This weekend I headed north to Baltimore with a friend to soak up a couple of days of everything knitting-related at Stitches East.
Well... this weekend? Not exactly. We actually fudged a little and played hooky from work so we could go on Thursday and Friday. This is something we've been looking forward to since the day last year when we dipped our toes in the Stitches Market and got an idea of just what we'd been missing.
We had mild weather that seemed more like September, but the trees are in full color, so we knew it wasn't so. Baltimore is a great setting for this show, but it seems this, the third year there in a row, will be the last for a while. The hugely capacious convention center is right downtown only about two blocks from the picturesque waterfront of Baltimore's Inner Harbor. There are lots of hotels, restaurants, and other entertainment to be had within a short walk. Not that one needs any other entertainment, mind you, when Stitches is underway.
I brought along my camera, but did I remember to take any pictures of the harbor with its ships and lights and beautiful vistas? Nope. Inside the event, I understand photo-taking is not allowed, and once finally outside again, we were foot-weary and thinking of nothing but where to get dinner. So I will have to be content with a picture of the convention center itself.
As we found last year, the Stitches Market alone is reason enough to go. Imagine the equivalent of 200 or more yarn shops all offering different wares and lined up cheek by jowl for your browsing and buying pleasure. It's thrilling and, honestly, overwhelming. Selection you couldn't even dream of in one place. The commercially produced and the hand-crafted. New products making their first appearance. Samples everywhere for inspiration. Creators of many of the designs and yarns on display, there on the spot to talk them over with you. Throngs of happy, excited knitters.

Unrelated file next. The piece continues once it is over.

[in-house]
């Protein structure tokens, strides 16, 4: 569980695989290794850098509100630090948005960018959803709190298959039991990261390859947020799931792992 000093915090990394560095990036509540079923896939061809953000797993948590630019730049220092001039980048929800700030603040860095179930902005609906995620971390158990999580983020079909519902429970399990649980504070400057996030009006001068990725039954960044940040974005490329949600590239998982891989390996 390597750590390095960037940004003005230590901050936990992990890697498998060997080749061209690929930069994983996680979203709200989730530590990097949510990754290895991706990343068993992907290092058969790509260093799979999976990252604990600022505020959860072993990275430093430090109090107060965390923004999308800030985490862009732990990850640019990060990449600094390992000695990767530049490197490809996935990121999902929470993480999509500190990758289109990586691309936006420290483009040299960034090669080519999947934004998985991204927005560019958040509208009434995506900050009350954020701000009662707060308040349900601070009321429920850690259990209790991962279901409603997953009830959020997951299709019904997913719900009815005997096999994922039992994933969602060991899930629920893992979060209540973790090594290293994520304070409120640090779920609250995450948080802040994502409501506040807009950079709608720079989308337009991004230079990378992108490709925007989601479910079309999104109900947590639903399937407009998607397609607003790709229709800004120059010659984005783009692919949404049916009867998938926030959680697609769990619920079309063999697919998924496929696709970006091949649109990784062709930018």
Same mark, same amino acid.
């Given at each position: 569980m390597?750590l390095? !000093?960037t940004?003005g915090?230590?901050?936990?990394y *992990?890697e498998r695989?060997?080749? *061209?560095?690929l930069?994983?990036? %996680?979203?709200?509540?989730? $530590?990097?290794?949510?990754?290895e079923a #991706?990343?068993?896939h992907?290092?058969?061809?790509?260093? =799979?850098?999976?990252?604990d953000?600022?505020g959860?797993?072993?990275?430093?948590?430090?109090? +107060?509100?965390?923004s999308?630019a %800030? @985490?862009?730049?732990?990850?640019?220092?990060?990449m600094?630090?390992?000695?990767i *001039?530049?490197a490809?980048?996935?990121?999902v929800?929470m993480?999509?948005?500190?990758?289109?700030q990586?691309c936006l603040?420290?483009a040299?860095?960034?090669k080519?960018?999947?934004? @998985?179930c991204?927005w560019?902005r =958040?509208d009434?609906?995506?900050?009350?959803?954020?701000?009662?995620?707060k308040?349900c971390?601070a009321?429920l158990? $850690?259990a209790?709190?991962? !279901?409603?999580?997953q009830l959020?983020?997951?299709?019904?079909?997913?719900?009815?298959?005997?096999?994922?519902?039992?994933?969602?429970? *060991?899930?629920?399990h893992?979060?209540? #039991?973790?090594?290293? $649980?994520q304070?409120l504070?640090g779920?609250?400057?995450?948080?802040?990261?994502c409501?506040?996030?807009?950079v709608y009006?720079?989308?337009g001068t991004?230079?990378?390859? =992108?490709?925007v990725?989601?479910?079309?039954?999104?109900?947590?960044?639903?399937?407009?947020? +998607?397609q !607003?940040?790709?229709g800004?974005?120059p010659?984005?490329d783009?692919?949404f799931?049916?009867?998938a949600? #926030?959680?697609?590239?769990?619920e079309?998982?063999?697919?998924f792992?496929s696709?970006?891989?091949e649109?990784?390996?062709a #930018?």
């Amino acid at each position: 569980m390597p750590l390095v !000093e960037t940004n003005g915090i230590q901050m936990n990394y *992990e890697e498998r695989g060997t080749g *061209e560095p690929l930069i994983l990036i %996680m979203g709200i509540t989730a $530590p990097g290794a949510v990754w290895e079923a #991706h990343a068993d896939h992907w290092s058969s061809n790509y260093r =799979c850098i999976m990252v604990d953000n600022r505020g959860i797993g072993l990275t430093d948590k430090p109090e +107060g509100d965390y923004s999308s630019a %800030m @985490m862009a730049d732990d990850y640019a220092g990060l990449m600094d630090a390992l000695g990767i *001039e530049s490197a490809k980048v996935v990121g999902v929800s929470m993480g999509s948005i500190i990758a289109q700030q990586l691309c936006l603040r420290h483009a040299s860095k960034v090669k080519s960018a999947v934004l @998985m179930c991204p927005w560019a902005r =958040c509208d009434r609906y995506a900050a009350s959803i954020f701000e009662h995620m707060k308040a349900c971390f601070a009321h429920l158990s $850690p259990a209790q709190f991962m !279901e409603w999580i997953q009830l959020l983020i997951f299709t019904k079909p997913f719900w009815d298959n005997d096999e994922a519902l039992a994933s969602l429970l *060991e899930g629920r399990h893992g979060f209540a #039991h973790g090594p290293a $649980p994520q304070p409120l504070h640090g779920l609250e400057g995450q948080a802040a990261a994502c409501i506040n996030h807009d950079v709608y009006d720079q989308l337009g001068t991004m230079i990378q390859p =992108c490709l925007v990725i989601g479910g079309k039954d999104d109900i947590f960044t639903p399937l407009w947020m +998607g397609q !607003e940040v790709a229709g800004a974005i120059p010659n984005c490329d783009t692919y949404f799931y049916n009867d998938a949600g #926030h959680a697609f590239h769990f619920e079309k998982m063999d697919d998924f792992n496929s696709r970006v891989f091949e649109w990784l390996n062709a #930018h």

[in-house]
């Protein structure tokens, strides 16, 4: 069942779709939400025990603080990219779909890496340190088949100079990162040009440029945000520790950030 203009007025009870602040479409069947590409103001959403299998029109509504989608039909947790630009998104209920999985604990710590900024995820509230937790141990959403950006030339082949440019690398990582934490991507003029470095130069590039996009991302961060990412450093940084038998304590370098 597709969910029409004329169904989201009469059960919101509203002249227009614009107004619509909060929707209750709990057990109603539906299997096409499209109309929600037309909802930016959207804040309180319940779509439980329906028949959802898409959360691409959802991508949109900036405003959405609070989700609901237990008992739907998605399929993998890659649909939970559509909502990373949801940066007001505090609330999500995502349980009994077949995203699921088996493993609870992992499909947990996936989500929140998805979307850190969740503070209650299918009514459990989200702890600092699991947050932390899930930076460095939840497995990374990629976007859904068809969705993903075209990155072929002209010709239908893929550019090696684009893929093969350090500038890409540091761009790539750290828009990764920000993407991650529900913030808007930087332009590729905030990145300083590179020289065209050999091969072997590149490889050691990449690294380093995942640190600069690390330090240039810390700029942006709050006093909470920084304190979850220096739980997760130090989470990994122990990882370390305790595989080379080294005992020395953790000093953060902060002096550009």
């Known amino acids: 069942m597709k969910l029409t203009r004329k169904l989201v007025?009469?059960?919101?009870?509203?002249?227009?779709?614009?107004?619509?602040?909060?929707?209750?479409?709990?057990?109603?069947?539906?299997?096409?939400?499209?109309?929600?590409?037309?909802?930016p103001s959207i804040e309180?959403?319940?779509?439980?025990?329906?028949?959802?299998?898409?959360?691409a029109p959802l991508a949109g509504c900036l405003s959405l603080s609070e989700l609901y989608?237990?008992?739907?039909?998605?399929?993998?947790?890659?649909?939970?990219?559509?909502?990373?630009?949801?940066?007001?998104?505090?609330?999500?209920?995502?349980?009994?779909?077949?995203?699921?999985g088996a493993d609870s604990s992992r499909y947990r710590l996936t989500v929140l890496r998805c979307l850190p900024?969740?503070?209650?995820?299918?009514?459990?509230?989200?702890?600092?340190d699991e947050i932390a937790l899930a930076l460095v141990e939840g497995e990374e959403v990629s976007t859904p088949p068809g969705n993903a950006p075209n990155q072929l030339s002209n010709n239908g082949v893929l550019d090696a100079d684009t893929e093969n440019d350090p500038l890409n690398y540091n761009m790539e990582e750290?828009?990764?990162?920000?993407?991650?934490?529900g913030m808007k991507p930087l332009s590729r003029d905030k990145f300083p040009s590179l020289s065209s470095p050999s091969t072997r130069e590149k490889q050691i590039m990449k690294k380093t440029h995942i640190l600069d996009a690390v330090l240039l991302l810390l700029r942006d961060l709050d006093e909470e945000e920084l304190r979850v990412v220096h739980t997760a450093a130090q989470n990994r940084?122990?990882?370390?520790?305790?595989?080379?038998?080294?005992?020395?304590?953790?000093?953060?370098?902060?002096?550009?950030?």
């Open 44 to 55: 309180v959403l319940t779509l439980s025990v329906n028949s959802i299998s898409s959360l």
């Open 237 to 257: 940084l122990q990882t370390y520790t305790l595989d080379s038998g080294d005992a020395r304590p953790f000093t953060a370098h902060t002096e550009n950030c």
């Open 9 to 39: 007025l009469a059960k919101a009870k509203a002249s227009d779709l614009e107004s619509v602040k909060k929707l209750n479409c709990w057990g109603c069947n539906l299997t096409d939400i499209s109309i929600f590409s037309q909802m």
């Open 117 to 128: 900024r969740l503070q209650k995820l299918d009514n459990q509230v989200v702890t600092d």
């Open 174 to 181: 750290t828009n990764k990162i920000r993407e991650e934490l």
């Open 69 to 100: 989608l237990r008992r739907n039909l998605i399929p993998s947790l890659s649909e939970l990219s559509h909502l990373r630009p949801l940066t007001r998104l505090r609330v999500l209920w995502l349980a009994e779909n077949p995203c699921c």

But what we didn't get in on last year is what was going on upstairs. Hundreds of classes given by top-notch teachers. In-depth instruction on many specialized topics, often by someone who has written a book on the subject. I don't even know exactly what a Danish Skå-trøjer is, but Beth Brown-Reinsel, an expert on traditional knitting, is giving a 12-hour class on it. I'd take them all if I could!
So, this time, we had decided to sign up for classes and stay overnight. As registered students, we were also eligible to go to the Stitches Market during the Thursday night preview session, before it opens to the public. I could have waited and gone up Friday. I could! Definitely. But for my friend, the thought of having first pick of all those yarns and pattern books and tools and bags and kits and jewelry and everything else was just too powerful a lure. So Thursday it had to be. I was just humoring her. It was really only because of her.
We equipped ourselves with wheelie carts. It was her doing. I was just going along with it. Definitely. And did we take much advantage of the preview session? I guess you could say so.
Time to sign off for now, but there's more to tell you about. Definitely.
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WeeHaa! Wasn't Stitches fun?!?!
I figured my yarn averaged about $1 a skein. and that's after the lovley lace weight that came in around $30.
It was such a treat to meet you in person.
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